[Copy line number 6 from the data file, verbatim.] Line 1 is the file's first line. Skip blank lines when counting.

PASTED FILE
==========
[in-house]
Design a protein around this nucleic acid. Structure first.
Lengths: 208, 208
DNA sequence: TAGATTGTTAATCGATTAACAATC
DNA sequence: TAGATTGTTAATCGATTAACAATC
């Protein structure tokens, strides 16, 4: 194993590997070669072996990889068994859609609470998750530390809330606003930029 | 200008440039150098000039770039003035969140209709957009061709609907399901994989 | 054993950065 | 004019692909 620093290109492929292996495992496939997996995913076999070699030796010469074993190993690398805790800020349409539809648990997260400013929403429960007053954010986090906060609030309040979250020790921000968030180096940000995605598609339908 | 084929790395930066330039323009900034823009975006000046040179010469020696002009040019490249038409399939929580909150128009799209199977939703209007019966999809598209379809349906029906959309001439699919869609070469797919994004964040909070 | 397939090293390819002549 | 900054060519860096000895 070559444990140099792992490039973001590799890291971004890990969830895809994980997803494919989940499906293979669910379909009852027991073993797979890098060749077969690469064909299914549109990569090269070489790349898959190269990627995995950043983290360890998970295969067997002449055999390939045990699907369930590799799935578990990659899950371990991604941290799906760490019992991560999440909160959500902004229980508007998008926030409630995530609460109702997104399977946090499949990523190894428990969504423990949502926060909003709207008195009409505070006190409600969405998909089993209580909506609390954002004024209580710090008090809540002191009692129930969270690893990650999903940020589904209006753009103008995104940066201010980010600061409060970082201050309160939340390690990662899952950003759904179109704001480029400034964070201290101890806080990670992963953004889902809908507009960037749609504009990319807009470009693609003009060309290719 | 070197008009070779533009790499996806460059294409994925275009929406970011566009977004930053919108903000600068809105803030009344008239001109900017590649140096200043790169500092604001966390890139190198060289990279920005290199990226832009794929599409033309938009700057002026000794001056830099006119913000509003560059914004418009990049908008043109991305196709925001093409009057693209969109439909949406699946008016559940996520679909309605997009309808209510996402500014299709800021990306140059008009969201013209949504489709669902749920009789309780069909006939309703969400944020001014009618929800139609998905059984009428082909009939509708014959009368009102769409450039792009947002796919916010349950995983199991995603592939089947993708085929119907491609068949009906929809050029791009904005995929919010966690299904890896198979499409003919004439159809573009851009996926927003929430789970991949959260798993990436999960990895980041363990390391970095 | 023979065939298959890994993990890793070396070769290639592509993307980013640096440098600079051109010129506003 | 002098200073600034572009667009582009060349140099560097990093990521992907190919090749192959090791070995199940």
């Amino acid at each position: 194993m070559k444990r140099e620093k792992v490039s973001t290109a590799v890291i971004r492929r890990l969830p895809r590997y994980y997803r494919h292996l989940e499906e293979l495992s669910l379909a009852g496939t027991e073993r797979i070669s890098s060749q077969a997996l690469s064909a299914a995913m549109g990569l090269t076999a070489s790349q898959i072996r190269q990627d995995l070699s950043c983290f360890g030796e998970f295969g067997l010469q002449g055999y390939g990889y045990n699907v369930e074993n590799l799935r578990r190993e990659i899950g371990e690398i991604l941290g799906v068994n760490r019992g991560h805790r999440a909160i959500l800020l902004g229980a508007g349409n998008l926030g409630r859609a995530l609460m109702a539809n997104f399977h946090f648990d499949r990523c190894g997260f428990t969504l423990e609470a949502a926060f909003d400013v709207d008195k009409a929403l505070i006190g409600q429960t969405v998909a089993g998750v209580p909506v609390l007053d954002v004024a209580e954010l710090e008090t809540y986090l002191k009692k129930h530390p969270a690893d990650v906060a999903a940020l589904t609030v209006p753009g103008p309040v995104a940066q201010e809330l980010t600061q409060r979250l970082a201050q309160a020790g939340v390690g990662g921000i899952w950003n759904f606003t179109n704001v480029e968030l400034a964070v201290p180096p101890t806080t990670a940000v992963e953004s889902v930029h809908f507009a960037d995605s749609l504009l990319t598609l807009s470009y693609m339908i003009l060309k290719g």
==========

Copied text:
């Protein structure tokens, strides 16, 4: 194993590997070669072996990889068994859609609470998750530390809330606003930029 | 200008440039150098000039770039003035969140209709957009061709609907399901994989 | 054993950065 | 004019692909 620093290109492929292996495992496939997996995913076999070699030796010469074993190993690398805790800020349409539809648990997260400013929403429960007053954010986090906060609030309040979250020790921000968030180096940000995605598609339908 | 084929790395930066330039323009900034823009975006000046040179010469020696002009040019490249038409399939929580909150128009799209199977939703209007019966999809598209379809349906029906959309001439699919869609070469797919994004964040909070 | 397939090293390819002549 | 900054060519860096000895 070559444990140099792992490039973001590799890291971004890990969830895809994980997803494919989940499906293979669910379909009852027991073993797979890098060749077969690469064909299914549109990569090269070489790349898959190269990627995995950043983290360890998970295969067997002449055999390939045990699907369930590799799935578990990659899950371990991604941290799906760490019992991560999440909160959500902004229980508007998008926030409630995530609460109702997104399977946090499949990523190894428990969504423990949502926060909003709207008195009409505070006190409600969405998909089993209580909506609390954002004024209580710090008090809540002191009692129930969270690893990650999903940020589904209006753009103008995104940066201010980010600061409060970082201050309160939340390690990662899952950003759904179109704001480029400034964070201290101890806080990670992963953004889902809908507009960037749609504009990319807009470009693609003009060309290719 | 070197008009070779533009790499996806460059294409994925275009929406970011566009977004930053919108903000600068809105803030009344008239001109900017590649140096200043790169500092604001966390890139190198060289990279920005290199990226832009794929599409033309938009700057002026000794001056830099006119913000509003560059914004418009990049908008043109991305196709925001093409009057693209969109439909949406699946008016559940996520679909309605997009309808209510996402500014299709800021990306140059008009969201013209949504489709669902749920009789309780069909006939309703969400944020001014009618929800139609998905059984009428082909009939509708014959009368009102769409450039792009947002796919916010349950995983199991995603592939089947993708085929119907491609068949009906929809050029791009904005995929919010966690299904890896198979499409003919004439159809573009851009996926927003929430789970991949959260798993990436999960990895980041363990390391970095 | 023979065939298959890994993990890793070396070769290639592509993307980013640096440098600079051109010129506003 | 002098200073600034572009667009582009060349140099560097990093990521992907190919090749192959090791070995199940």